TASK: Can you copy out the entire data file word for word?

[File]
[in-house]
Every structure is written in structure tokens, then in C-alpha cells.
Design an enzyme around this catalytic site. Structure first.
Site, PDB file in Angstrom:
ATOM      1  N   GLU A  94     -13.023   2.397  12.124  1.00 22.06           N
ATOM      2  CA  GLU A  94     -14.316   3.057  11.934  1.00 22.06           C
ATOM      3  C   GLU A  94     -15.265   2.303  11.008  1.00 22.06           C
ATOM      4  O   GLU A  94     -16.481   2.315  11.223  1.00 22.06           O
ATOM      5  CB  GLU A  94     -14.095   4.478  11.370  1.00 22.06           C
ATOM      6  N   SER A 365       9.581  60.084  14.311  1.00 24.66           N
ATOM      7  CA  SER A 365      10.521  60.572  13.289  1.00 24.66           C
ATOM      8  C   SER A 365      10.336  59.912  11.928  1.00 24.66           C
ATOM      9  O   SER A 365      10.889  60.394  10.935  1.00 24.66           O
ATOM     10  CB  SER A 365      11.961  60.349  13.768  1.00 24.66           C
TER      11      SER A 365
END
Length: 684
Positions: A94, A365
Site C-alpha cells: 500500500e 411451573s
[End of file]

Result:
[in-house]
Every structure is written in structure tokens, then in C-alpha cells.
Design an enzyme around this catalytic site. Structure first.
Site, PDB file in Angstrom:
ATOM      1  N   GLU A  94     -13.023   2.397  12.124  1.00 22.06           N
ATOM      2  CA  GLU A  94     -14.316   3.057  11.934  1.00 22.06           C
ATOM      3  C   GLU A  94     -15.265   2.303  11.008  1.00 22.06           C
ATOM      4  O   GLU A  94     -16.481   2.315  11.223  1.00 22.06           O
ATOM      5  CB  GLU A  94     -14.095   4.478  11.370  1.00 22.06           C
ATOM      6  N   SER A 365       9.581  60.084  14.311  1.00 24.66           N
ATOM      7  CA  SER A 365      10.521  60.572  13.289  1.00 24.66           C
ATOM      8  C   SER A 365      10.336  59.912  11.928  1.00 24.66           C
ATOM      9  O   SER A 365      10.889  60.394  10.935  1.00 24.66           O
ATOM     10  CB  SER A 365      11.961  60.349  13.768  1.00 24.66           C
TER      11      SER A 365
END
Length: 684
Positions: A94, A365
Site C-alpha cells: 500500500e 411451573s